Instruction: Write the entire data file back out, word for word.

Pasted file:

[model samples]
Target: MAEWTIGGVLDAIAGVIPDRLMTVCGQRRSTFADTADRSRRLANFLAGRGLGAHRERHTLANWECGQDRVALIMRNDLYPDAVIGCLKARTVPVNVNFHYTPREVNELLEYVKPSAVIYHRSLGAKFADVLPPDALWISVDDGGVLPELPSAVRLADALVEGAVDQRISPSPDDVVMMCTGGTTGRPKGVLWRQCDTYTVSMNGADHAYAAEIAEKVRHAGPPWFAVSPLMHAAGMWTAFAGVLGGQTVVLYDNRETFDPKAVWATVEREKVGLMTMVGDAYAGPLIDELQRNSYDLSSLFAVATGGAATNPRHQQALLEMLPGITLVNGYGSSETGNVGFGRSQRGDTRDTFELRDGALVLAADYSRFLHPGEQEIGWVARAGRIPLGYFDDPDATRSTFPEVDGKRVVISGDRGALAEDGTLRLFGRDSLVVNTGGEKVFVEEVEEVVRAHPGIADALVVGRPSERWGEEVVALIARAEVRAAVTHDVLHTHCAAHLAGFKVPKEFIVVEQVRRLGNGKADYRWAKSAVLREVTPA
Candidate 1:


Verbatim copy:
[model samples]
Target: MAEWTIGGVLDAIAGVIPDRLMTVCGQRRSTFADTADRSRRLANFLAGRGLGAHRERHTLANWECGQDRVALIMRNDLYPDAVIGCLKARTVPVNVNFHYTPREVNELLEYVKPSAVIYHRSLGAKFADVLPPDALWISVDDGGVLPELPSAVRLADALVEGAVDQRISPSPDDVVMMCTGGTTGRPKGVLWRQCDTYTVSMNGADHAYAAEIAEKVRHAGPPWFAVSPLMHAAGMWTAFAGVLGGQTVVLYDNRETFDPKAVWATVEREKVGLMTMVGDAYAGPLIDELQRNSYDLSSLFAVATGGAATNPRHQQALLEMLPGITLVNGYGSSETGNVGFGRSQRGDTRDTFELRDGALVLAADYSRFLHPGEQEIGWVARAGRIPLGYFDDPDATRSTFPEVDGKRVVISGDRGALAEDGTLRLFGRDSLVVNTGGEKVFVEEVEEVVRAHPGIADALVVGRPSERWGEEVVALIARAEVRAAVTHDVLHTHCAAHLAGFKVPKEFIVVEQVRRLGNGKADYRWAKSAVLREVTPA
Candidate 1: